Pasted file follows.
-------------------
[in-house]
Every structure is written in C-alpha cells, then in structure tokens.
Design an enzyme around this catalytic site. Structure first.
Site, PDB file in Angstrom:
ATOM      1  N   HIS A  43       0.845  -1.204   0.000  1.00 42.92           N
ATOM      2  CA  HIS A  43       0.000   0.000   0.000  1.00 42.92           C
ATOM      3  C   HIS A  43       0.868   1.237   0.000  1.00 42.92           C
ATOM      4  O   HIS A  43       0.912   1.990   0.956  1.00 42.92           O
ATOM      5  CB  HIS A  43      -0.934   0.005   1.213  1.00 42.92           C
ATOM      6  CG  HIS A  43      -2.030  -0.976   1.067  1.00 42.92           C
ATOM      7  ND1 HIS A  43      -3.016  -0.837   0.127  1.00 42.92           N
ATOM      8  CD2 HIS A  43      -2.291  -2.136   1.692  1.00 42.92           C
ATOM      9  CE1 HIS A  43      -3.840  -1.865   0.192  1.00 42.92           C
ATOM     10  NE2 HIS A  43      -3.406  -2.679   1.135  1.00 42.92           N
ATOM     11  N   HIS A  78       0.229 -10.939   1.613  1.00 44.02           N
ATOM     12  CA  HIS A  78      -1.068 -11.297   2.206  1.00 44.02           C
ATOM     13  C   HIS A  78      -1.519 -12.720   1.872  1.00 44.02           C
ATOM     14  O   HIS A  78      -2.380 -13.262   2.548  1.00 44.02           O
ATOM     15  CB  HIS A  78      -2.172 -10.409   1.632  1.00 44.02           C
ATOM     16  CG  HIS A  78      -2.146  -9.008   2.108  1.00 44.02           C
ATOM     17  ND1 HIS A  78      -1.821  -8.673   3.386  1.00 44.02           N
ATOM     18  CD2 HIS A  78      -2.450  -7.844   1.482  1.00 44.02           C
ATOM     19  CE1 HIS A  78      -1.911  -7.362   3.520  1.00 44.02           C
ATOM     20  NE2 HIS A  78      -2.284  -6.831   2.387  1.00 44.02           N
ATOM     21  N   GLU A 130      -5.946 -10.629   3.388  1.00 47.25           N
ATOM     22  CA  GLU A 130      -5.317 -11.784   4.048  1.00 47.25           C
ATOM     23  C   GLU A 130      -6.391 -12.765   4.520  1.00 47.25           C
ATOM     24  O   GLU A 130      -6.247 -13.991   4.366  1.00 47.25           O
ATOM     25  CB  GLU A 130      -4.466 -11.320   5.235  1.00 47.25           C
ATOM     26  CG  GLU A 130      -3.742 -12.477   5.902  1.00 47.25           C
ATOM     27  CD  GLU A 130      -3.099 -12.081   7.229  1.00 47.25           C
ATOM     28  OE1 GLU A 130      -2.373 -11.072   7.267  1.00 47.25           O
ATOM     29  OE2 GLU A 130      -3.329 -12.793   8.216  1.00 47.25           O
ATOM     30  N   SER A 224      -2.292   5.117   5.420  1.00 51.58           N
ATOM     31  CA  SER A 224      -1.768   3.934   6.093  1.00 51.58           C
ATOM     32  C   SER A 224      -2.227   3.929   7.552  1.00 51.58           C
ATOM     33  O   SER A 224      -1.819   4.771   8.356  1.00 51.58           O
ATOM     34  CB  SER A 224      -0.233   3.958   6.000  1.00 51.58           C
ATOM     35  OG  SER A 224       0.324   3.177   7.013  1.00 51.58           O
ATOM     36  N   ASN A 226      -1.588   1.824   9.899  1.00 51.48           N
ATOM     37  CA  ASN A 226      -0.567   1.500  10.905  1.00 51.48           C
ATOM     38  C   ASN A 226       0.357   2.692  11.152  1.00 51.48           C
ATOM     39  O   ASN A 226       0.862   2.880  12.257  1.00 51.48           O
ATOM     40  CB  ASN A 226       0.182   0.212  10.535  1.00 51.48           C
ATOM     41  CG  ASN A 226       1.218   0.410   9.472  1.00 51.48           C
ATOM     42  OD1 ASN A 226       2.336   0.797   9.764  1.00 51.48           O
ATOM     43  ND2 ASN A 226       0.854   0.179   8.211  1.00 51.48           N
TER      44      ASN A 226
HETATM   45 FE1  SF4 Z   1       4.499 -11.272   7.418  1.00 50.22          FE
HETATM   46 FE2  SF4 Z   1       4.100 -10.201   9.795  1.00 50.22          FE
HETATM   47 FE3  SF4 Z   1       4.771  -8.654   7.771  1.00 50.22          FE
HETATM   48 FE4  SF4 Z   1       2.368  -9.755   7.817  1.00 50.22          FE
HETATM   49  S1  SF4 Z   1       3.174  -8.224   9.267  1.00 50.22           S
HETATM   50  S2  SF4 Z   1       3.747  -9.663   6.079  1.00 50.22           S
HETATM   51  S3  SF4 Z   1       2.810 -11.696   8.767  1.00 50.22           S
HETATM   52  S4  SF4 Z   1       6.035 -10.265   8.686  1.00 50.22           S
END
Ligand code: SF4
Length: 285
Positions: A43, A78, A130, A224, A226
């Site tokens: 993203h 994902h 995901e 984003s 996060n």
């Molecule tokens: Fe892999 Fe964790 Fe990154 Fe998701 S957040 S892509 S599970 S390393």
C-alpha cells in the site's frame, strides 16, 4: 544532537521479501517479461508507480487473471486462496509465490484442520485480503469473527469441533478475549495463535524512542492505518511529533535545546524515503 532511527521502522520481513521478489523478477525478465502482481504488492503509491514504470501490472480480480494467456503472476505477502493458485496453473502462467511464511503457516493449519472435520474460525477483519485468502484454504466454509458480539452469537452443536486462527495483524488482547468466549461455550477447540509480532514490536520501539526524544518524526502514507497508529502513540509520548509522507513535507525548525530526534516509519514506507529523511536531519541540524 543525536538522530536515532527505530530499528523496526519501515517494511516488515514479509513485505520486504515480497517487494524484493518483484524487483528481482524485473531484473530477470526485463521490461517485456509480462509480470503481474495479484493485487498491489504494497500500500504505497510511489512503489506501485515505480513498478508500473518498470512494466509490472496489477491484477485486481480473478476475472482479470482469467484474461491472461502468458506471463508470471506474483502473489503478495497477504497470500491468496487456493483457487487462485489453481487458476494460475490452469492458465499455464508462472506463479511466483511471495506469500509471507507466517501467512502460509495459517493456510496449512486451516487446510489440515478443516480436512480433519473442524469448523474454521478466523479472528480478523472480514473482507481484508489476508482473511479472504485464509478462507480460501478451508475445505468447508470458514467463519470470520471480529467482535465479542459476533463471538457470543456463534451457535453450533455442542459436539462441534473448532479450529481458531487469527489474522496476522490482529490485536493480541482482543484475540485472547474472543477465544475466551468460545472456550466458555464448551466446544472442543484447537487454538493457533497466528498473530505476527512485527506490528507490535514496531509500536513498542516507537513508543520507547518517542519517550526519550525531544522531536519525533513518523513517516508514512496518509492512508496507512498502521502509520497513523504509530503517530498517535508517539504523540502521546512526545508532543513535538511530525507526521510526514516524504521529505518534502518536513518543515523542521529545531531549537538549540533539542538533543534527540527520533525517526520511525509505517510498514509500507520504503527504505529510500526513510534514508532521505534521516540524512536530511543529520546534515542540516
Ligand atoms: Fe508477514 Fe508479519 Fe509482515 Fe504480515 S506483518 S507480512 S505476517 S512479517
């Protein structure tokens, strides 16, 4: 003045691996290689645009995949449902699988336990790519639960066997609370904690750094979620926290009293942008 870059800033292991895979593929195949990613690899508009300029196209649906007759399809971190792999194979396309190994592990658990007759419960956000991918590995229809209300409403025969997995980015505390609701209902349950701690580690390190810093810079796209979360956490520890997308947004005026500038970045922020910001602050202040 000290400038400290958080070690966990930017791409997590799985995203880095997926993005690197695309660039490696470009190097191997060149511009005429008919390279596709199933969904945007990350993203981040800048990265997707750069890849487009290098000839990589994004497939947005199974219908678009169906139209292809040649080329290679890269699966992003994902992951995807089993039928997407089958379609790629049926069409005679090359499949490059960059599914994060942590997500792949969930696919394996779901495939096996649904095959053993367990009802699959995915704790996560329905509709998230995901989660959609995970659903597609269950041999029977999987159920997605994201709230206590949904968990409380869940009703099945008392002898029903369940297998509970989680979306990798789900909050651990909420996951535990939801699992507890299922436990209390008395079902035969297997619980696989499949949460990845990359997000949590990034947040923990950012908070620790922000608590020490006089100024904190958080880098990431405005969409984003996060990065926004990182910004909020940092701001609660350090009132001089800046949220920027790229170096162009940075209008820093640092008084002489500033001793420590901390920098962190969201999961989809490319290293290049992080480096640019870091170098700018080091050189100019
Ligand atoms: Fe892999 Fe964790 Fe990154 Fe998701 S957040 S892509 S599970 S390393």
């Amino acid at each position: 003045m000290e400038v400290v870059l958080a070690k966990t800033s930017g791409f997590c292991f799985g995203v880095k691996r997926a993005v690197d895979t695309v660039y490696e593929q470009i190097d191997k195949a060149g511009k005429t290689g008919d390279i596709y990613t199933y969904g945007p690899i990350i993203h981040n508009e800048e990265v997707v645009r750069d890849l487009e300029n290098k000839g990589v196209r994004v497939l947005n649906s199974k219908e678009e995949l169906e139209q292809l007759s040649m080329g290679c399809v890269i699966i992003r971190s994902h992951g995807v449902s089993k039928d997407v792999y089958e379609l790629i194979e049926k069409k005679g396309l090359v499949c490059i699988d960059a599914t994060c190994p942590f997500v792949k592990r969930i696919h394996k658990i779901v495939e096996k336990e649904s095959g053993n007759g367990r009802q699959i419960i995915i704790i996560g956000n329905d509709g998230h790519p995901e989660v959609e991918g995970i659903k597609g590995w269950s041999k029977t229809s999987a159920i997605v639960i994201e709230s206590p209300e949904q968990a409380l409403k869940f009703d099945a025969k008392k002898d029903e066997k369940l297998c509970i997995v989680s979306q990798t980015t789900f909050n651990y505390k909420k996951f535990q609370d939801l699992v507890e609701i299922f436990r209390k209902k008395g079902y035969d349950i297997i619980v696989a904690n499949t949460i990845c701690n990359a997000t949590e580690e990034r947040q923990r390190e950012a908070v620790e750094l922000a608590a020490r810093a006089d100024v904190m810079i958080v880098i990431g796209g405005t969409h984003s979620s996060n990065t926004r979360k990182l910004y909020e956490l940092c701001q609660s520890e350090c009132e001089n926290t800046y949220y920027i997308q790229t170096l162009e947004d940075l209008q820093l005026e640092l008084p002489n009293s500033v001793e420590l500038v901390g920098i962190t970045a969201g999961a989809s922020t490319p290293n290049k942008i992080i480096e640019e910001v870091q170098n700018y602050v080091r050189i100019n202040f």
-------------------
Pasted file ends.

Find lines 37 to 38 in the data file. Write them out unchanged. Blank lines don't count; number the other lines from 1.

ATOM     33  O   SER A 224      -1.819   4.771   8.356  1.00 51.58           O
ATOM     34  CB  SER A 224      -0.233   3.958   6.000  1.00 51.58           C